Son Of Welder From Mumbai Slum, Amiruddin Shah Dances Way To New York Ballet School

16-year-old Amiruddin Shah will enrol at the American Ballet Theatre's Jacqueline Kennedy Onassis School in August.
A teenager from a Mumbai slum is closer to fulfilling his dream of becoming a professional ballet dancer after being accepted into a prestigious school in New York.

Amiruddin Shah, the 16-year-old son of a welder, will enrol at the American Ballet Theatre’s Jacqueline Kennedy Onassis School (JKO) in August, less than three years after taking up the dance.

“I come from a poor family who didn’t know anything about ballet or America but they are very supportive and I am really excited to be going,” Amiruddin told AFP.

The youngster had never heard of ballet when one day in 2013 he left his family’s cramped shanty to sign up for hip hop classes at a dance centre offering lessons for underprivileged children.

Amiruddin had been dancing at weddings and other functions since the age of six and was proficient in backflips and cartwheels but little did he know that his visit to Danceworx Performing Arts Academy would change his life. 

It was there, the following year, that he caught the attention of Israeli-American ballet master Yehuda Maor, who immediately spotted Amiruddin’s natural talent and persuaded him to ditch hip hop and join his class instead.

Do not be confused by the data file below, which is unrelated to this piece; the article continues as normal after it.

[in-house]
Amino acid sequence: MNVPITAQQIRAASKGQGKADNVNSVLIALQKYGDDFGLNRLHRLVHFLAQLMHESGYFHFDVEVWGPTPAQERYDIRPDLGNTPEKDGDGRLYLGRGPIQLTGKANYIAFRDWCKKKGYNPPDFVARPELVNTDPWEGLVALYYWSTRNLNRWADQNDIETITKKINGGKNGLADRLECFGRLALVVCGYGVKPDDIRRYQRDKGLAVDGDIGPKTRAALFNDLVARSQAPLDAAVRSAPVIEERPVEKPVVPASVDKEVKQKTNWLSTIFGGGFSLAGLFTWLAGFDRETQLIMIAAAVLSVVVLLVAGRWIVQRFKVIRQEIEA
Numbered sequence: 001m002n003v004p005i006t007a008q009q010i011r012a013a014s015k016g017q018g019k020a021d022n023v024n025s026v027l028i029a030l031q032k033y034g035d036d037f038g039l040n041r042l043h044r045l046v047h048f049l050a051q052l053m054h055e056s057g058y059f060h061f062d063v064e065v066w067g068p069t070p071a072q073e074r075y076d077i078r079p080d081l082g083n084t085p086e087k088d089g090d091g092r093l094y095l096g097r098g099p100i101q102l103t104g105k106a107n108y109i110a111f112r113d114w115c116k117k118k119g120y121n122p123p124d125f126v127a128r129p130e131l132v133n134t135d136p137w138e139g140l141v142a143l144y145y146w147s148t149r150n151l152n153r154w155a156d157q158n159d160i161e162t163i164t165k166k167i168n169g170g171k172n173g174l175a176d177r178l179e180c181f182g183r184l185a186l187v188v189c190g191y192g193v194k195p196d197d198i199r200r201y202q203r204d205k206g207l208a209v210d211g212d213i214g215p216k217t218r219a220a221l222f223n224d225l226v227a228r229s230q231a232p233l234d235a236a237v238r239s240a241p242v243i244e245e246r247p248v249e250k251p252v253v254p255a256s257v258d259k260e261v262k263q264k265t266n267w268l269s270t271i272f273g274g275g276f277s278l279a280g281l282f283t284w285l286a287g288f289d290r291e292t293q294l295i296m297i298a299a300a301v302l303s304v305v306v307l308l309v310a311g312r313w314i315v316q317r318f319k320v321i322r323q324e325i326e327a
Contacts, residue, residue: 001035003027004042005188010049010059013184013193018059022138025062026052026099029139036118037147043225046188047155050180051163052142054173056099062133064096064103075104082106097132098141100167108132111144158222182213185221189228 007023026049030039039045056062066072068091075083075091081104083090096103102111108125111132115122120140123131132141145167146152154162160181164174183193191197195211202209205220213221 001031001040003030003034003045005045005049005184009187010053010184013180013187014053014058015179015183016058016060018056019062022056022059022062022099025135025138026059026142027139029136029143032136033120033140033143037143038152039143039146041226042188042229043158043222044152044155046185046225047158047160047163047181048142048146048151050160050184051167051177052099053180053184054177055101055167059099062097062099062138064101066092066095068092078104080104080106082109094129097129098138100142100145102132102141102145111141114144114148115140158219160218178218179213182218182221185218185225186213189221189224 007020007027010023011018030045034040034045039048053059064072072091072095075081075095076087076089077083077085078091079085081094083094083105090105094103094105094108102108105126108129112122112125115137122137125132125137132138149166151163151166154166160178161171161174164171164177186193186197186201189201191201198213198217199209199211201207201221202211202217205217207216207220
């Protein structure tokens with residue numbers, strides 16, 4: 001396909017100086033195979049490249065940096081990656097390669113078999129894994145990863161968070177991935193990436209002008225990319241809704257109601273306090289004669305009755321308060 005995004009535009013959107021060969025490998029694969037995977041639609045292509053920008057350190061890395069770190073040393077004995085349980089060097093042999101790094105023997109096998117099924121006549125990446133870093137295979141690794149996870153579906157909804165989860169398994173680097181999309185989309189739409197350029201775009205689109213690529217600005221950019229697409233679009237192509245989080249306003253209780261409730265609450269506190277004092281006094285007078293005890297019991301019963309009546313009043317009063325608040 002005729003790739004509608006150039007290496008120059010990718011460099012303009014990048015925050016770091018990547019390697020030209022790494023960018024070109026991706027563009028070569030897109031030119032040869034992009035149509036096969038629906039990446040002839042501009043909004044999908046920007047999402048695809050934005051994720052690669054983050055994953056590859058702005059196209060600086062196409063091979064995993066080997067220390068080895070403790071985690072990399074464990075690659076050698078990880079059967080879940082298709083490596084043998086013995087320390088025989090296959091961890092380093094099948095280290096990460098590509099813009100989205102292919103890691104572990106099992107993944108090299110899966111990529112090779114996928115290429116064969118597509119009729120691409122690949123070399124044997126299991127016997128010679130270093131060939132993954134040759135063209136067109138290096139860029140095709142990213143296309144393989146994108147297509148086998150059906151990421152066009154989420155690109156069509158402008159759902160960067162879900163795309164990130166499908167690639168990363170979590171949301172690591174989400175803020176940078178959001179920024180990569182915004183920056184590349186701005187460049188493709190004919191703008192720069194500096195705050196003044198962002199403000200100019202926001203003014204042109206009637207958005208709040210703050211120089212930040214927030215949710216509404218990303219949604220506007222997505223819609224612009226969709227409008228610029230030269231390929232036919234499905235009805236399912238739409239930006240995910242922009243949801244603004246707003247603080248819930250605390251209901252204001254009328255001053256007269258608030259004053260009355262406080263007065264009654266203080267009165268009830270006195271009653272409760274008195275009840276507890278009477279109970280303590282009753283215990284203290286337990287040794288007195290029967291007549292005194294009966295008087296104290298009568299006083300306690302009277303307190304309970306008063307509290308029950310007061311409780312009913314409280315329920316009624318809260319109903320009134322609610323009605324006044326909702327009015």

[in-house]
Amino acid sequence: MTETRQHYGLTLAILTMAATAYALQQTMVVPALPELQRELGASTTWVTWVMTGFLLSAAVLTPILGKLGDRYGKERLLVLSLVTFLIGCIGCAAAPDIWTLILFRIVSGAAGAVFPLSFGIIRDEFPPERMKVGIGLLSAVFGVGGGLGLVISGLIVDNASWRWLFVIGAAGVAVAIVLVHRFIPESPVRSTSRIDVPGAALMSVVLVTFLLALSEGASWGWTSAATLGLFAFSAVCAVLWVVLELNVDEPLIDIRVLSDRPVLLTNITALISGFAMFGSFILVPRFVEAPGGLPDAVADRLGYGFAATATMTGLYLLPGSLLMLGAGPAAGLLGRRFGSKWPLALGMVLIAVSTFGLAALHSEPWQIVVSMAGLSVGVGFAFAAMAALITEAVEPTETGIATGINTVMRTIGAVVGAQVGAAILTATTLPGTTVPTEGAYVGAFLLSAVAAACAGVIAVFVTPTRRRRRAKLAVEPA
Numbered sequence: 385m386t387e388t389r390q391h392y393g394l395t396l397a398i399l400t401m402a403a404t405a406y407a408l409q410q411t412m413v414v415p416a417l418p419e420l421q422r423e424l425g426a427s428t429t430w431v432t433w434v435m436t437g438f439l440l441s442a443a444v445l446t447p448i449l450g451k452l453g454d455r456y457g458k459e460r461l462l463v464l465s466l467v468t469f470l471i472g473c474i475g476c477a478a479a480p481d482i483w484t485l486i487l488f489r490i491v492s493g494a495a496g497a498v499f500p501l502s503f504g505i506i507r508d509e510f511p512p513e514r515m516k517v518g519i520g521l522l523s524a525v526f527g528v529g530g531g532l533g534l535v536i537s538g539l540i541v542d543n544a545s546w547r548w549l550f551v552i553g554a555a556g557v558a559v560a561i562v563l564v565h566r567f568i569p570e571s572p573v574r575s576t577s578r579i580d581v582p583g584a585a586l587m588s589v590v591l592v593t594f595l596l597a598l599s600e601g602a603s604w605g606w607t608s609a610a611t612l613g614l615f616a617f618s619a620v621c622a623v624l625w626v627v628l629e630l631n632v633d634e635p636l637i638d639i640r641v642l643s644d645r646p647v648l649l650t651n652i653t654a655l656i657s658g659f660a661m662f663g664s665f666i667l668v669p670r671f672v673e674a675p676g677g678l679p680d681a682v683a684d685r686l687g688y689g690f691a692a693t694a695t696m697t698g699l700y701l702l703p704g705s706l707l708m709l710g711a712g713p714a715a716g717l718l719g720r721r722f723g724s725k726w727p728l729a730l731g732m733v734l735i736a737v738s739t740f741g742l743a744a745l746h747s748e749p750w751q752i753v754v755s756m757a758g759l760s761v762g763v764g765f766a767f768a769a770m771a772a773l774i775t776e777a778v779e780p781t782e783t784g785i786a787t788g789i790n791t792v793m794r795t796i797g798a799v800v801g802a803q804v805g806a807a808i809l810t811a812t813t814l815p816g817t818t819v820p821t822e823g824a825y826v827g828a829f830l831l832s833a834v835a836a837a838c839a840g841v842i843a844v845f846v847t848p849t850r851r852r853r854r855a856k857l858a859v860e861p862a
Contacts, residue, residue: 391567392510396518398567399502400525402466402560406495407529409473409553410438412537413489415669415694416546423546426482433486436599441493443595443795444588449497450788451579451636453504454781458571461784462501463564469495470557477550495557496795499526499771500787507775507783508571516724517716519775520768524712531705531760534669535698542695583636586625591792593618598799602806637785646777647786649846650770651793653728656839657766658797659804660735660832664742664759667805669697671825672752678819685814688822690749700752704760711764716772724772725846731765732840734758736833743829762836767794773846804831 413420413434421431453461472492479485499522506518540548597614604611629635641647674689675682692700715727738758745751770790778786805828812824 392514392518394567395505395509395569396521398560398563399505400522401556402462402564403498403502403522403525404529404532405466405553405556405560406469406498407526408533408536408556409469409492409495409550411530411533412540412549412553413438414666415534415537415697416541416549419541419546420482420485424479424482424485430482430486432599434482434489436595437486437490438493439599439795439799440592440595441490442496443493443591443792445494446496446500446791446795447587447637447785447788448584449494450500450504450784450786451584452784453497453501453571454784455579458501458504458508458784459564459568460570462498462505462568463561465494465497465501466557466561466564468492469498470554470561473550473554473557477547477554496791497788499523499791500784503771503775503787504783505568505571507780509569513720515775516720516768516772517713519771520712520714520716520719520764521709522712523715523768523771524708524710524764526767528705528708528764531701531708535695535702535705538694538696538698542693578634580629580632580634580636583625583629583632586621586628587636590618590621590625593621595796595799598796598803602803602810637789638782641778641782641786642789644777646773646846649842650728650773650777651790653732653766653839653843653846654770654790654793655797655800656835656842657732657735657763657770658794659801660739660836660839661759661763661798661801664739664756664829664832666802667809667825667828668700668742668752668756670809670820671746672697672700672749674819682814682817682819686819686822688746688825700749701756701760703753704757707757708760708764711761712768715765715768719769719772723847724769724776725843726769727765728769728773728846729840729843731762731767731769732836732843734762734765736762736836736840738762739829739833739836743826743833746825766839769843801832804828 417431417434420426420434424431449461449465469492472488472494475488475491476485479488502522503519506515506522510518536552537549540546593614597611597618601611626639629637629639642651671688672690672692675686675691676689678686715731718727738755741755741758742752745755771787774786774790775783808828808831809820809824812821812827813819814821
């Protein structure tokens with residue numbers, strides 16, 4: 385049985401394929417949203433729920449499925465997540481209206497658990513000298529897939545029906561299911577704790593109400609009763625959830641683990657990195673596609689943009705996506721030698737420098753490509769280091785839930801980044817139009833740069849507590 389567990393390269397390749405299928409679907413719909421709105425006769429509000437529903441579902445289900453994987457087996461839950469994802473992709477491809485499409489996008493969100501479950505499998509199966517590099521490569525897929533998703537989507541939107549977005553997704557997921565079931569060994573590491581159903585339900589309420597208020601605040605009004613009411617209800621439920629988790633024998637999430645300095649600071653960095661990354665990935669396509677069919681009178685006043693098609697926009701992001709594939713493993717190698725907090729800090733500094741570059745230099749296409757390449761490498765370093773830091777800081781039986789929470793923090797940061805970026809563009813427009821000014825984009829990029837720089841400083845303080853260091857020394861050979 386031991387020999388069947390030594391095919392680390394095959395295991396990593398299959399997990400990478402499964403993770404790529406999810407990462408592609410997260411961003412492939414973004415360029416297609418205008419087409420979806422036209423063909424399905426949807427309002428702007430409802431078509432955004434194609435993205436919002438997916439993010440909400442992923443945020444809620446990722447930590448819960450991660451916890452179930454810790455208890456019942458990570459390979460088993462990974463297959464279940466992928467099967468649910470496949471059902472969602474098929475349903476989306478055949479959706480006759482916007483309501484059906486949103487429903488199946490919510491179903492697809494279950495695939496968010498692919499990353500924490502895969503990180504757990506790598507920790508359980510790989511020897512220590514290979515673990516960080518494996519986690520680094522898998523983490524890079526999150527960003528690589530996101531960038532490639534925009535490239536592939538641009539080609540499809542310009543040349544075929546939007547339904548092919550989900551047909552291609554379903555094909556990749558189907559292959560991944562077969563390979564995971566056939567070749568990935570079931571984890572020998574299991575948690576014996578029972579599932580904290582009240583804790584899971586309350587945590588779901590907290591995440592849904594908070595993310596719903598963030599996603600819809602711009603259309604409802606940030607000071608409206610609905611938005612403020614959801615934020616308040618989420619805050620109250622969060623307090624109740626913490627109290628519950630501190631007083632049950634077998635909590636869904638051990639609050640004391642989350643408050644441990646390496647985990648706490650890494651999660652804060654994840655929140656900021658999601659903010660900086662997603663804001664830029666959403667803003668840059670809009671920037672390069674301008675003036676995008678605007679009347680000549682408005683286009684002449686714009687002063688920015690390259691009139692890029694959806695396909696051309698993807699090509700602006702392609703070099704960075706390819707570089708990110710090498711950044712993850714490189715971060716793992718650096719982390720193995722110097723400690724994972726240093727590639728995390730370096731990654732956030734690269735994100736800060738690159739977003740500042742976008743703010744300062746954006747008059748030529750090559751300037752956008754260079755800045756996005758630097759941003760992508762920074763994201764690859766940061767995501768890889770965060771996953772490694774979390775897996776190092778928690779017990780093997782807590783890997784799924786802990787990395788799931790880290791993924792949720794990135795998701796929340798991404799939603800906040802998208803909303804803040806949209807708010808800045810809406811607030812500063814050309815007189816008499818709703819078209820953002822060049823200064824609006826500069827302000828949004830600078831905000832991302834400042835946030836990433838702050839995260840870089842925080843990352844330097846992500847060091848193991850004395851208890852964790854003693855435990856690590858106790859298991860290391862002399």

Mr Maor put Amiruddin through a rigorous training regime and the Indian quickly mastered complex moves such as the pirouette and the pointe, when the dancer balances on their tip-toes.

“Somehow his body learned this classical language with such ease that in the two and a half years I’ve been training him he achieved the level of a professional dancer that takes nine-ten years to achieve,” Mr Maor told AFP.

“As a ballet teacher, I’ve been trained to look for the weakest point of a dancer. With him I cannot find a weak point. He is a class by himself,” added the 73-year-old. 

Last year, Amiruddin and another of Mr Maor’s proteges, 22-year-old Manish Chauhan, won scholarships to study at the Joffrey Ballet School in New York but neither received visas in time.

They then got an opportunity to spend a year at the Oregon Ballet Theatre in Portland but Amiruddin returned after three months, with Mr Maor feeling that the school wasn’t the best match for his rising dancer. 

Now, with his visa secured, financial backing from a foundation and almost Rs 8.5 lakh raised from a crowdfunding campaign, Amiruddin is ready to embark on a three-year programme at Jacqueline Kennedy Onassis School.

He hopes it will lead to a professional contract that would see him perform in ballets worldwide and help transform the lives of his parents and seven siblings, who Amiruddin says have often struggled to afford food. 

“I want to become a principal dancer at the American Ballet Theatre and join the ranks of Daniil Simkin, Sascha Radetsky and Roberto Bolle. They are my favourite ballet dancers.”

Amiruddin says he wants to open his own ballet academy one day, as India currently doesn’t provide government funding for western dance forms.

“I want to help children from similar backgrounds as mine to achieve their true potential,” he said.

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